The Supreme Court of India handed down significant judgments on the scope of power of a Court hearing a challenge to an arbitral award under Section 34 of the Arbitration and Conciliation Act, 1996 (“Arbitration Act”). The Supreme Court reiterated that there is no power under Section 34 to modify or vary an arbitral award. A challenge to the arbitral award can only lie if it was found to be perverse or erroneous in law. Nonetheless, an award based on an alternative and reasonable interpretation of the law does not make it perverse. In a recent pronouncement, a three-member bench, led by the Chief Judge of India, in N.V. Ramana, which limited the scope of interference by Courts held:

In order to succeed in a challenge against an arbitral award, it must be shown that the award of the arbitrator suffered from perversity or an error of law or that the arbitrator has otherwise misconducted himself. Merely showing that there is another reasonable interpretation or possible view on the basis of the material on the record is insufficient to allow for the interference by the court

In interpreting a statutory provision, a Judge must put himself in the shoes of Parliament and then ask whether the Parliament intended this result. The Indian Parliament has very clearly intended that no power of modification of an award exists in Section 34 of the Arbitration Act, 1996. It is only for the Parliament to amend the aforesaid provision in the light of the experience of the Courts in the working of the Arbitration Act, 1996, and to bring it in conformity with other legislations.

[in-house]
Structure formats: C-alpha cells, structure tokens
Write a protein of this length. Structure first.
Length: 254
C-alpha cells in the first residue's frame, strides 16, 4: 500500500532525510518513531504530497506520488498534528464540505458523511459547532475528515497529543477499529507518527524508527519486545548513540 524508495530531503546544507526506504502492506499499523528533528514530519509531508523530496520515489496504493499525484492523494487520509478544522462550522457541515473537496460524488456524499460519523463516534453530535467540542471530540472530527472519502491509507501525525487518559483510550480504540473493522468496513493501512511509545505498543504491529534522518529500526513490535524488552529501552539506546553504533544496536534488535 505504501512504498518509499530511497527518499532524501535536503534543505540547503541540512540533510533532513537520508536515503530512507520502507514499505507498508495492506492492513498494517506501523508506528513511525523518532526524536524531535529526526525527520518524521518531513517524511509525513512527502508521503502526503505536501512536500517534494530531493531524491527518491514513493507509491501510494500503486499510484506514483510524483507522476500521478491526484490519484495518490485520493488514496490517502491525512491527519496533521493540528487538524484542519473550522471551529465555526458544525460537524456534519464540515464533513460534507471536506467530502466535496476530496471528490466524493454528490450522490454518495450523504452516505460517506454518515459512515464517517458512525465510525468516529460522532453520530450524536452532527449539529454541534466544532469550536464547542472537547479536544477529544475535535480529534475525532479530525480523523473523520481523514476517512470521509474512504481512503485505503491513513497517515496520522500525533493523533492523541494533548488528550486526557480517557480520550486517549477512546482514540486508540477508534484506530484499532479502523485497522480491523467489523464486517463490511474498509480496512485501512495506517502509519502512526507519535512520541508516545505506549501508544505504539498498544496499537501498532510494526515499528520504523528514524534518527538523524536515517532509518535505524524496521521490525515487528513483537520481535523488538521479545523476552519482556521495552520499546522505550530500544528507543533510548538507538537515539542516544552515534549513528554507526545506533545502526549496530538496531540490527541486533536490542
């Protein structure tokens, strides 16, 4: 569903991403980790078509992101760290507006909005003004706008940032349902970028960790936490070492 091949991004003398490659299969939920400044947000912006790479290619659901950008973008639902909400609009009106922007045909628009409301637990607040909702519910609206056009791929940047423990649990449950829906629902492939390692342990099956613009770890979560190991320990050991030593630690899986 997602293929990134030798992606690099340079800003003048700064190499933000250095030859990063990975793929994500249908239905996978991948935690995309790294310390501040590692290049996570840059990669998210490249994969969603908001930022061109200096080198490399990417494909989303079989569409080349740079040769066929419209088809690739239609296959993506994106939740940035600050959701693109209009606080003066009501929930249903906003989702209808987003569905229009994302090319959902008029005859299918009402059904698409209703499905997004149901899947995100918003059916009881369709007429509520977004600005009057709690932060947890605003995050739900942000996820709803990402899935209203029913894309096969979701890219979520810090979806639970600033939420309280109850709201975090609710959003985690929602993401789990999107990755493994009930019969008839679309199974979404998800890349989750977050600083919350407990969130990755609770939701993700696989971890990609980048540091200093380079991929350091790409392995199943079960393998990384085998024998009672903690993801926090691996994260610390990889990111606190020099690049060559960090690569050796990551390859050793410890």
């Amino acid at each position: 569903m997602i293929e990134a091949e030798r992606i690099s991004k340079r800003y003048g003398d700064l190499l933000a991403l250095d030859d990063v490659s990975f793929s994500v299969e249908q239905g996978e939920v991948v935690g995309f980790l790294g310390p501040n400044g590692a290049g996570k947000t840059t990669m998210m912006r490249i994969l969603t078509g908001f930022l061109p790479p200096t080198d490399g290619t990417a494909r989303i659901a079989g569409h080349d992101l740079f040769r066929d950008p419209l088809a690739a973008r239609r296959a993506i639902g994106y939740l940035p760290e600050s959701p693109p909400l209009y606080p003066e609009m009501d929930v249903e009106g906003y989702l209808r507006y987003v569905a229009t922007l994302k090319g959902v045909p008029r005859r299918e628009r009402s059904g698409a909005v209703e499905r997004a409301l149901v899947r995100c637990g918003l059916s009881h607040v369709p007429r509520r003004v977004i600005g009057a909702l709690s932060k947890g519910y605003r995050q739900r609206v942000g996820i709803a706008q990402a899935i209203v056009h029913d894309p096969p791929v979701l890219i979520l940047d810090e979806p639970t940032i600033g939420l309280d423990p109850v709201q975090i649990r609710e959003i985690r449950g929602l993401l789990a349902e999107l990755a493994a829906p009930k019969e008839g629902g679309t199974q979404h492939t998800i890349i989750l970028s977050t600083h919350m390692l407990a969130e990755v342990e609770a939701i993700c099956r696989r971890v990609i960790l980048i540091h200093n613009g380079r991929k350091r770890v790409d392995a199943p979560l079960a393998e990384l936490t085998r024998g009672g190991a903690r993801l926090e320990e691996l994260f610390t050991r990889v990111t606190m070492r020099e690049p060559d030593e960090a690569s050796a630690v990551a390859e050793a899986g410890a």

Given the divergent views of the Superior Courts on this issue, the judicial pronouncements of the Indian Supreme Court are significant in a lot of ways since they clarify that there exists no power to modify or vary an award under Section 34 of the Arbitration Act. These decisions once again re-affirm the minimal judicial interference followed by the Indian Courts when it comes to challenging an award. By comparison, unfortunately, the arbitration laws of Pakistan are as old as the country itself. The true import of domestic Arbitration law in Pakistan – Arbitration Act, 1940, leaves little room for arbitral awards to be set aside or modified, except on the grounds of misconduct attributed to the arbitrator or on account of invalid proceedings, as envisaged under Section 15, 16, 30, 33 of 1940 Act. Arbitration, though very much akin to Court proceedings, is an alternative mode of settlement of disputes, but not until the confidence is reinvigorated in the litigation frenzy people of Pakistan, and policy reforms are made to the archaic Arbitration laws in Pakistan.


Sarmad Sattar

Steering Committee Member, Young Arbitration Group

The writer is a lawyer based in Lahore.

About the Author

Leave a Reply

[popup_anything id="6965"]